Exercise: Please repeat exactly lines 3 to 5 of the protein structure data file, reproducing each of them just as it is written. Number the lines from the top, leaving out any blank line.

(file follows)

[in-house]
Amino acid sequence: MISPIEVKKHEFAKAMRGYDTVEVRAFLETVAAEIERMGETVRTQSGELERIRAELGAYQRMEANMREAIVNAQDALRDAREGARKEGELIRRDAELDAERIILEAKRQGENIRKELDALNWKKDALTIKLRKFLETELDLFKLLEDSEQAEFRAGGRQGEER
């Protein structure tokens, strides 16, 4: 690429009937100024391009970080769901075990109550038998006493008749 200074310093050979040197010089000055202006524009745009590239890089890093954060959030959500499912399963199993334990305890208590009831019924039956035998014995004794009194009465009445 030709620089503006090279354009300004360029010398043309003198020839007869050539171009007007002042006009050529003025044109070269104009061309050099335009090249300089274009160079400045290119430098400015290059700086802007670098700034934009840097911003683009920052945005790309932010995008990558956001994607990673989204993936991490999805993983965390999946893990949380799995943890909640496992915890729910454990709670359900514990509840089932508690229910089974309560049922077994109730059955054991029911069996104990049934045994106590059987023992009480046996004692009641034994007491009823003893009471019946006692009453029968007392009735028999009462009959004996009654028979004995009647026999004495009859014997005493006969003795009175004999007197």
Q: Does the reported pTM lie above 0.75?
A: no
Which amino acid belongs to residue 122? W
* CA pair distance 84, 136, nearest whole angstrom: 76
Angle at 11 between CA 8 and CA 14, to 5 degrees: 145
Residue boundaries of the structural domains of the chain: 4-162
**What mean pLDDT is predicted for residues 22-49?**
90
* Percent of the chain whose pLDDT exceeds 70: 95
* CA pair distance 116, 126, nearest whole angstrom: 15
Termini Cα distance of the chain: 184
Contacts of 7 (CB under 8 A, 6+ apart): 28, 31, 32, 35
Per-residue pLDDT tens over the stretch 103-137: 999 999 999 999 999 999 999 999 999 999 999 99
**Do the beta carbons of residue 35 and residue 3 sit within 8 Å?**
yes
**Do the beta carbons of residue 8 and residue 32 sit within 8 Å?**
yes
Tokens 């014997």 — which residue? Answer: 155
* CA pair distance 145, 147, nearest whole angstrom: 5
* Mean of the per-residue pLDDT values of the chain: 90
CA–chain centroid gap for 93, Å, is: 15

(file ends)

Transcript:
């Protein structure tokens, strides 16, 4: 690429009937100024391009970080769901075990109550038998006493008749 200074310093050979040197010089000055202006524009745009590239890089890093954060959030959500499912399963199993334990305890208590009831019924039956035998014995004794009194009465009445 030709620089503006090279354009300004360029010398043309003198020839007869050539171009007007002042006009050529003025044109070269104009061309050099335009090249300089274009160079400045290119430098400015290059700086802007670098700034934009840097911003683009920052945005790309932010995008990558956001994607990673989204993936991490999805993983965390999946893990949380799995943890909640496992915890729910454990709670359900514990509840089932508690229910089974309560049922077994109730059955054991029911069996104990049934045994106590059987023992009480046996004692009641034994007491009823003893009471019946006692009453029968007392009735028999009462009959004996009654028979004995009647026999004495009859014997005493006969003795009175004999007197």
Q: Does the reported pTM lie above 0.75?
A: no